Published by the Centers For Disease Control and Prevention, the large study, reports that household transmission of the coronavirus “was high” for patients between 10 and 19 years of age.
For patients aged 0 to 9, household transmission rates were at the lowest.
Researchers analyzed reports for 59,073 contacts of 5,706 coronavirus patients in South Korea between January 20 and March 27 to reach their conclusions.
The study “is very carefully done, it’s systematic and looks at a very large population,” Dr. Ashish Jha, director of the Harvard Global Health Institute, told The New York Times. “It’s one of the best studies we’ve had to date on this issue.”
The results come as school officials across the nation are deciding whether or not to reopen schools for the upcoming academic year.
Earlier in the month, Donald Trump threatened to cut off federal funding to schools that do not reopen on for on-campus learning, which he urged along with Education Secretary Betsy DeVos. Trump’s threat goes against the CDC’s recommendation. Vice President Mike Pence said earlier this month that the CDC would issue new guidance on reopening schools with “more clarity” that aligns with the administration’s position but admitted how the choice would ultimately be made at the local level.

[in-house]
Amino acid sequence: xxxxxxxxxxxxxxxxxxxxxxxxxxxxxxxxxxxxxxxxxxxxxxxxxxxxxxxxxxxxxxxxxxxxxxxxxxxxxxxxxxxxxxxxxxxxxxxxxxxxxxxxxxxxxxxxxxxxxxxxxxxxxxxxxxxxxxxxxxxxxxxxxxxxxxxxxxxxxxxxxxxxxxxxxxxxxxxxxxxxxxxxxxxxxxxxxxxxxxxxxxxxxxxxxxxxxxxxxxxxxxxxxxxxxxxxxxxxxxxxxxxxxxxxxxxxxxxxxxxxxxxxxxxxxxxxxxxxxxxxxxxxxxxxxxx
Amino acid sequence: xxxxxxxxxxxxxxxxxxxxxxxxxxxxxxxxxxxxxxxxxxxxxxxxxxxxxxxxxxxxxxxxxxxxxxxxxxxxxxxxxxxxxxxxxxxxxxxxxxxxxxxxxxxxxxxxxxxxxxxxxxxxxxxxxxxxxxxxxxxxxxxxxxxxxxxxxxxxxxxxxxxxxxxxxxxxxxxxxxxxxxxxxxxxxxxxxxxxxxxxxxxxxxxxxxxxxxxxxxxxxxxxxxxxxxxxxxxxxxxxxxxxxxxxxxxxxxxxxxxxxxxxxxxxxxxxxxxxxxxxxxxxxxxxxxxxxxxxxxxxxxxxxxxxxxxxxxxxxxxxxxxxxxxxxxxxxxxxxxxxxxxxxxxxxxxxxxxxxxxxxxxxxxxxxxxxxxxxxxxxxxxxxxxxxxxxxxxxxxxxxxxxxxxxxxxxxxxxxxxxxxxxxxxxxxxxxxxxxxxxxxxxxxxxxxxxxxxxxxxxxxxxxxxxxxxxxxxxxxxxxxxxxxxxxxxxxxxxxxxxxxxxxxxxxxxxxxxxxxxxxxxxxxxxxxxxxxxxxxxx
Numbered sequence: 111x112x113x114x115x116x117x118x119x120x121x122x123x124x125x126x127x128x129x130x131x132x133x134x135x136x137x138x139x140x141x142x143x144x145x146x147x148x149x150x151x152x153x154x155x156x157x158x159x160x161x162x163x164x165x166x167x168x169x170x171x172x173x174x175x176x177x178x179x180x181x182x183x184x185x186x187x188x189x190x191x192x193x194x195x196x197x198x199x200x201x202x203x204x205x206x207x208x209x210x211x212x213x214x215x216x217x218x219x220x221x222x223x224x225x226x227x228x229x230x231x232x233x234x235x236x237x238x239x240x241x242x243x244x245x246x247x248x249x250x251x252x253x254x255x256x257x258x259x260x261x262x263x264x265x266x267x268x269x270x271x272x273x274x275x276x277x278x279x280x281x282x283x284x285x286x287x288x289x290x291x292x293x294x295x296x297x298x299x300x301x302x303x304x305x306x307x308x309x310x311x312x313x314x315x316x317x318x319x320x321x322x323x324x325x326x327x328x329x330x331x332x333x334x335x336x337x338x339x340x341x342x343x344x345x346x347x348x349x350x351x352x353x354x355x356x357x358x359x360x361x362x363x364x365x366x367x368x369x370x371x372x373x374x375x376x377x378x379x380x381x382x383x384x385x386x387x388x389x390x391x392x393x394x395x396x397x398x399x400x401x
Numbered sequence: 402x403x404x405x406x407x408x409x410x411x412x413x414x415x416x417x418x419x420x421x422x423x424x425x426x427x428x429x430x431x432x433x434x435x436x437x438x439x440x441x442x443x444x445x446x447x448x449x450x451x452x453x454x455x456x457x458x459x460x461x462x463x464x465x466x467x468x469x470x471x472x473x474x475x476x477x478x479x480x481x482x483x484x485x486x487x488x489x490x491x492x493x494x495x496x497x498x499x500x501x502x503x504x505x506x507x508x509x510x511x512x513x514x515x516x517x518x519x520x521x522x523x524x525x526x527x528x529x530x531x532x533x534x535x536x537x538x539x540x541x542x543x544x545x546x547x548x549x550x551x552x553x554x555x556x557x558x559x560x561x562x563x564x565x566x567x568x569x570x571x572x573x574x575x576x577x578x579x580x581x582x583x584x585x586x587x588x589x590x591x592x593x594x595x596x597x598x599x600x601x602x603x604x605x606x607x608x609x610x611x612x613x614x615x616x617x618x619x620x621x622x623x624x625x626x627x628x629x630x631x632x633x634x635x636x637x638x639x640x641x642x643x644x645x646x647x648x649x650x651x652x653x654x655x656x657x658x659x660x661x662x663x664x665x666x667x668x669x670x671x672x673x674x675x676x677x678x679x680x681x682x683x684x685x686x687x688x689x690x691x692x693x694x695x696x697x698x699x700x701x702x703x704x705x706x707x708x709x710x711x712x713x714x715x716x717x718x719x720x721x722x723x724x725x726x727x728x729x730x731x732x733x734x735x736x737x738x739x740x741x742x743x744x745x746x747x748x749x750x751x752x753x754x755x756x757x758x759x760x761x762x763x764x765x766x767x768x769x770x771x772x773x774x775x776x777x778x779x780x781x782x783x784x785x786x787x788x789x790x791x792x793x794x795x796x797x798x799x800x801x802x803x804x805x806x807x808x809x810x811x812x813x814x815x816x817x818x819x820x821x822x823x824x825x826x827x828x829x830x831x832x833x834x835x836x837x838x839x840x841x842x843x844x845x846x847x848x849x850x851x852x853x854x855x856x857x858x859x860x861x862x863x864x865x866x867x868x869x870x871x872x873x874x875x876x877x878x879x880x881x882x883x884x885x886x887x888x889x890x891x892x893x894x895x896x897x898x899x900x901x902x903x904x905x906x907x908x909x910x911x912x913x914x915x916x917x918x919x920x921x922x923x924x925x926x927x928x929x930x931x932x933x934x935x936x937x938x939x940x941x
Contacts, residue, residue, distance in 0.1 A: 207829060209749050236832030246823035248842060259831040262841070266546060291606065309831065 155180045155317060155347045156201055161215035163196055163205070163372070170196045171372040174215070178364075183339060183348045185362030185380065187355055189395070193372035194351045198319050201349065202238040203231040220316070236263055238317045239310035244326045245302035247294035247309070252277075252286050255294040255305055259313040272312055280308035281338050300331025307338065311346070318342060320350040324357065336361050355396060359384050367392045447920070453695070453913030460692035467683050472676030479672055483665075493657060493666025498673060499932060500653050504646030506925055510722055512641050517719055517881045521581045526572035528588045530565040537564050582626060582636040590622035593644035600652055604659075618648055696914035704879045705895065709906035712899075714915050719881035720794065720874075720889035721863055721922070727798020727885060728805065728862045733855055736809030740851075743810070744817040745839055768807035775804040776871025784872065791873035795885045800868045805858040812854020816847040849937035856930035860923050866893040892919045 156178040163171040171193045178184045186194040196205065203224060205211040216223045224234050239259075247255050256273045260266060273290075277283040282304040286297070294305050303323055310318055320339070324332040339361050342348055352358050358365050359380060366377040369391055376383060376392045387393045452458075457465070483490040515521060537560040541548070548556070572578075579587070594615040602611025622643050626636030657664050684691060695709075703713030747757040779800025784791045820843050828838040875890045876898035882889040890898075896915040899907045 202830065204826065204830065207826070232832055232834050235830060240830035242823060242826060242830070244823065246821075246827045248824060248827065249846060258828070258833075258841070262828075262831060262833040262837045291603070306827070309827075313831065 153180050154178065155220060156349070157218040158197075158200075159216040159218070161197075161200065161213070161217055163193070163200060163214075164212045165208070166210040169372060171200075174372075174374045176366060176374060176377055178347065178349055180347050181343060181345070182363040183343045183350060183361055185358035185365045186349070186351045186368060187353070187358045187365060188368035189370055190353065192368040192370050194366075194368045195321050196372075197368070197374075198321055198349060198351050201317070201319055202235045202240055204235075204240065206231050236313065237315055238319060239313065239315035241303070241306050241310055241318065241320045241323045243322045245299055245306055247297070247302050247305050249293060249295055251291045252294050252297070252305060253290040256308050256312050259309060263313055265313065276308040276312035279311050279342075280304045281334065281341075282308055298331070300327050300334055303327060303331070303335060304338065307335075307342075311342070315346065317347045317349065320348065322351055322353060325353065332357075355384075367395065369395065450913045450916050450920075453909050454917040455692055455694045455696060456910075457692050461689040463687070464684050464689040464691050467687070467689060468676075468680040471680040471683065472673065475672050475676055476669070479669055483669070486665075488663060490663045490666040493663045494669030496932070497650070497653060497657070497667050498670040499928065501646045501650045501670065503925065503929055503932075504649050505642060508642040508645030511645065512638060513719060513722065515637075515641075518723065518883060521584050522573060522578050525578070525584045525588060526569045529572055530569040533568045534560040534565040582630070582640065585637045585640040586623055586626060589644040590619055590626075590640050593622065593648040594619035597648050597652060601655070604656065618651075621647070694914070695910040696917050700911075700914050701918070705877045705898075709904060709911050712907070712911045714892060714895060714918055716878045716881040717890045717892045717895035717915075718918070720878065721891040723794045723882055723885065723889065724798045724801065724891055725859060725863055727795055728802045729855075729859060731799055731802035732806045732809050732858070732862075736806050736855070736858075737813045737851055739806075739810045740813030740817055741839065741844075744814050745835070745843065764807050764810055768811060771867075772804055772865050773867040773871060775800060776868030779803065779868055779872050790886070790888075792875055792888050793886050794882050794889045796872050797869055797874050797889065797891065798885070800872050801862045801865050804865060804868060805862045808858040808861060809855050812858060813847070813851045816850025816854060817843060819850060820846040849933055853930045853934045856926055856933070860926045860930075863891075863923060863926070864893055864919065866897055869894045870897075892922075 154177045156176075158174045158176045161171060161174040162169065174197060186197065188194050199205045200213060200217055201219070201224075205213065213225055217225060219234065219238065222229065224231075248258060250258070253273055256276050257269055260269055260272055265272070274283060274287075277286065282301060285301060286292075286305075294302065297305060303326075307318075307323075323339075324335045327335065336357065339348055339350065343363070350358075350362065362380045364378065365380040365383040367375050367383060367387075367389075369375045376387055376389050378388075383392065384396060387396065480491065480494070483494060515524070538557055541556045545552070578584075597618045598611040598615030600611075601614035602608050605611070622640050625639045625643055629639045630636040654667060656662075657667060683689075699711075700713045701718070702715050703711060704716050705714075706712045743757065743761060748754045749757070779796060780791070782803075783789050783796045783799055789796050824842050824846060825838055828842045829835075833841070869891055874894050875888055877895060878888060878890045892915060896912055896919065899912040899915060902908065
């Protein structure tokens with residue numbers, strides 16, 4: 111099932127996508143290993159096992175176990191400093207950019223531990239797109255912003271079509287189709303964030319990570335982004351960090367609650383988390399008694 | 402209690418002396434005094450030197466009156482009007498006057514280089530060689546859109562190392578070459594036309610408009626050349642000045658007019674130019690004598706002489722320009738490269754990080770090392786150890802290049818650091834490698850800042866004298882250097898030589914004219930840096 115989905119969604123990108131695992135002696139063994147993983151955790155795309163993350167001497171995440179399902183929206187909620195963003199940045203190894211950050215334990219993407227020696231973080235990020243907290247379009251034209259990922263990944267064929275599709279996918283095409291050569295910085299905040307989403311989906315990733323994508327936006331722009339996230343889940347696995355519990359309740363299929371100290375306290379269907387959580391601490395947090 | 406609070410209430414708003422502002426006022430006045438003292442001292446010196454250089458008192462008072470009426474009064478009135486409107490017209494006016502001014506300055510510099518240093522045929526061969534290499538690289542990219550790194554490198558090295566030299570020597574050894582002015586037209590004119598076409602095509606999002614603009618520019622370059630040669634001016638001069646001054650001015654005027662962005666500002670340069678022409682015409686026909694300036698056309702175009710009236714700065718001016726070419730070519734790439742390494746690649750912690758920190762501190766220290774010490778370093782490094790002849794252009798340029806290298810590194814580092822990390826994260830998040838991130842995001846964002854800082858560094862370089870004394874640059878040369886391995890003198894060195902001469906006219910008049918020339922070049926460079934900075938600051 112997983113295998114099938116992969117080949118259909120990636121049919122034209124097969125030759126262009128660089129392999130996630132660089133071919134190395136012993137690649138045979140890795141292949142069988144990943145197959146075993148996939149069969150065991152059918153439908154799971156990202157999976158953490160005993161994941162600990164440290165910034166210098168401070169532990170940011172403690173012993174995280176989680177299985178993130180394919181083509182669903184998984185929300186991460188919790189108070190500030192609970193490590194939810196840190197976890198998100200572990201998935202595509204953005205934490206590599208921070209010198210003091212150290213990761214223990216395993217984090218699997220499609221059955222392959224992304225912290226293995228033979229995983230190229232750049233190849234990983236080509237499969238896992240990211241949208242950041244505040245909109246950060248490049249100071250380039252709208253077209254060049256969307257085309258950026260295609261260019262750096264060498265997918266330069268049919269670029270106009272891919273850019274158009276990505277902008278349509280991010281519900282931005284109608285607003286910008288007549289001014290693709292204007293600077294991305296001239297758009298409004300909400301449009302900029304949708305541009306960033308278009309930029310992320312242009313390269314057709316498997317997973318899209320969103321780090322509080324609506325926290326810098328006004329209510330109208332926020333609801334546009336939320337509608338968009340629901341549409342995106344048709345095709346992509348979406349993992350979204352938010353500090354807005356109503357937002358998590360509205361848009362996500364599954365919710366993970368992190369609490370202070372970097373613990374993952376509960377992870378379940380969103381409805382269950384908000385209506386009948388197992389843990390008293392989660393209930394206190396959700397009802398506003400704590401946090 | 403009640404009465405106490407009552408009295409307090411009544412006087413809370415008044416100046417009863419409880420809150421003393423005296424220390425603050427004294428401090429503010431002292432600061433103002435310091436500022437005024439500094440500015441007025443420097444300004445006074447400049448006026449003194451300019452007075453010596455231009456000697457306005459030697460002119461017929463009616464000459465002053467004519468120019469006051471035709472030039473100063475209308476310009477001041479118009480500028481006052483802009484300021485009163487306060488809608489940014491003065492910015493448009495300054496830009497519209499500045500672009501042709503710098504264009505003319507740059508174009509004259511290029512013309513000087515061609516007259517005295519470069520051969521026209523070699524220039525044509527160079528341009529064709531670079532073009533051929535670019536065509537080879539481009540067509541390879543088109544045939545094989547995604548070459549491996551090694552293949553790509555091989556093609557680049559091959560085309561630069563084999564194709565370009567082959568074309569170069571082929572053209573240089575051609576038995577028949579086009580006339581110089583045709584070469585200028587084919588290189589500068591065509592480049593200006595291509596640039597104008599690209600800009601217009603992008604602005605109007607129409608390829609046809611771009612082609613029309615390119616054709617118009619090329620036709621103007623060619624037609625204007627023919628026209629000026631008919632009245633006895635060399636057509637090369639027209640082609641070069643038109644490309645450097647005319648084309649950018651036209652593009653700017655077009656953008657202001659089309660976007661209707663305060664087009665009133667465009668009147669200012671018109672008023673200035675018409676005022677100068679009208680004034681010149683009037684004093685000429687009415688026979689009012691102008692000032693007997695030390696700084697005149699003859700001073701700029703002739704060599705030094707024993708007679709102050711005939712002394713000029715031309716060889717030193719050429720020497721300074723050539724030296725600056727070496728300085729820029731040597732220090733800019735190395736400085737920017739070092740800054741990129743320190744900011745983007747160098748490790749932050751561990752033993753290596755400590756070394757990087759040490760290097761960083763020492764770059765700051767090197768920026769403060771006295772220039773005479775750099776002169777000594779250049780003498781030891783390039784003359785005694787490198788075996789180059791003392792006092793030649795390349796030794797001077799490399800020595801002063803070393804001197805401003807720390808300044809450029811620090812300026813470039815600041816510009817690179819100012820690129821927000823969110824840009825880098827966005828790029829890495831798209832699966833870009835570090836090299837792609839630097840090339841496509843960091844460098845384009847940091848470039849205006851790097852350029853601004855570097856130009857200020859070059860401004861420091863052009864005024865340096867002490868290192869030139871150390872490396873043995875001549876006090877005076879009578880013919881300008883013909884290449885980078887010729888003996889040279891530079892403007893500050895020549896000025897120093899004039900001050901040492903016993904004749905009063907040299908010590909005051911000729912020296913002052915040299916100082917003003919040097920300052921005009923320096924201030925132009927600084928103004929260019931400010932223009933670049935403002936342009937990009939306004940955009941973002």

The South Korean study said that the researchers’ results regarding coronavirus transmission amid school reopenings “underscores the need for a time-sensitive epidemiologic study to guide public health policy.”
“Contact tracing is especially important in light of upcoming future SARS-CoV-2 waves, for which social distancing and personal hygiene will remain the most viable options for prevention,” the study said. “Understanding the role of hygiene and infection control measures is critical to reducing household spread, and the role of masking within the home, especially if any family members are at high risk, needs to be studied.”
“I fear that there has been this sense that kids just won’t get infected or don’t get infected in the same way as adults and that, therefore, they’re almost like a bubbled population,” said an infectious diseases expert Michael Osterholm at the University of Minnesota to The New York Times, warning how if schools reopen, coronavirus will spread.
“There will be transmission,” he added. “What we have to do is accept that now and include that in our plans.”
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